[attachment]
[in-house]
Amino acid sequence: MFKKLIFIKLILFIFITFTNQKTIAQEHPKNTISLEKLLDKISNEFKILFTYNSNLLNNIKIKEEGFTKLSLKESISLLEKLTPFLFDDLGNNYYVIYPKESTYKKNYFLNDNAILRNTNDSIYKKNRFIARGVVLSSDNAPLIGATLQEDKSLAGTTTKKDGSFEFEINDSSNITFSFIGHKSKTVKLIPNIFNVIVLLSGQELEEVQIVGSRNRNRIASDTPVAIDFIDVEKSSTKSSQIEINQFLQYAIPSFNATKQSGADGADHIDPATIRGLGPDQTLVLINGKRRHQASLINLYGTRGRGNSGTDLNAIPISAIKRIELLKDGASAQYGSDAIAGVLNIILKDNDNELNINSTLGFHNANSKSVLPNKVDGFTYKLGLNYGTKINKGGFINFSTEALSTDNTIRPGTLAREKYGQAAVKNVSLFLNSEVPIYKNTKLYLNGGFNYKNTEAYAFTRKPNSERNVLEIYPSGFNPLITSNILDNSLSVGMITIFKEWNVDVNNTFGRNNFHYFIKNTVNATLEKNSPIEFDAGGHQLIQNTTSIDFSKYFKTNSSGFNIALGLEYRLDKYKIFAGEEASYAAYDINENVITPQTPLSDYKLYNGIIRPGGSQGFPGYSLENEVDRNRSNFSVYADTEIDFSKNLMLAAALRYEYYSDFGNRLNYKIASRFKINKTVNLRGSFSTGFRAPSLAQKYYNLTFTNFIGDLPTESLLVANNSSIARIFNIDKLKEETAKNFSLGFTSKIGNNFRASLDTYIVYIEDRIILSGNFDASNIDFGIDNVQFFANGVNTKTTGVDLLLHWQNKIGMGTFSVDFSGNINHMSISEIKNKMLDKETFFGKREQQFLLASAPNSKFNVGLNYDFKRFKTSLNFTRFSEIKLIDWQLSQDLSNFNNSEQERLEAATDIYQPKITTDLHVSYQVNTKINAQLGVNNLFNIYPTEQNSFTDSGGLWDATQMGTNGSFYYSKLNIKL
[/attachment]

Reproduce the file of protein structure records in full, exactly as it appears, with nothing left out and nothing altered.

[in-house]
Amino acid sequence: MFKKLIFIKLILFIFITFTNQKTIAQEHPKNTISLEKLLDKISNEFKILFTYNSNLLNNIKIKEEGFTKLSLKESISLLEKLTPFLFDDLGNNYYVIYPKESTYKKNYFLNDNAILRNTNDSIYKKNRFIARGVVLSSDNAPLIGATLQEDKSLAGTTTKKDGSFEFEINDSSNITFSFIGHKSKTVKLIPNIFNVIVLLSGQELEEVQIVGSRNRNRIASDTPVAIDFIDVEKSSTKSSQIEINQFLQYAIPSFNATKQSGADGADHIDPATIRGLGPDQTLVLINGKRRHQASLINLYGTRGRGNSGTDLNAIPISAIKRIELLKDGASAQYGSDAIAGVLNIILKDNDNELNINSTLGFHNANSKSVLPNKVDGFTYKLGLNYGTKINKGGFINFSTEALSTDNTIRPGTLAREKYGQAAVKNVSLFLNSEVPIYKNTKLYLNGGFNYKNTEAYAFTRKPNSERNVLEIYPSGFNPLITSNILDNSLSVGMITIFKEWNVDVNNTFGRNNFHYFIKNTVNATLEKNSPIEFDAGGHQLIQNTTSIDFSKYFKTNSSGFNIALGLEYRLDKYKIFAGEEASYAAYDINENVITPQTPLSDYKLYNGIIRPGGSQGFPGYSLENEVDRNRSNFSVYADTEIDFSKNLMLAAALRYEYYSDFGNRLNYKIASRFKINKTVNLRGSFSTGFRAPSLAQKYYNLTFTNFIGDLPTESLLVANNSSIARIFNIDKLKEETAKNFSLGFTSKIGNNFRASLDTYIVYIEDRIILSGNFDASNIDFGIDNVQFFANGVNTKTTGVDLLLHWQNKIGMGTFSVDFSGNINHMSISEIKNKMLDKETFFGKREQQFLLASAPNSKFNVGLNYDFKRFKTSLNFTRFSEIKLIDWQLSQDLSNFNNSEQERLEAATDIYQPKITTDLHVSYQVNTKINAQLGVNNLFNIYPTEQNSFTDSGGLWDATQMGTNGSFYYSKLNIKL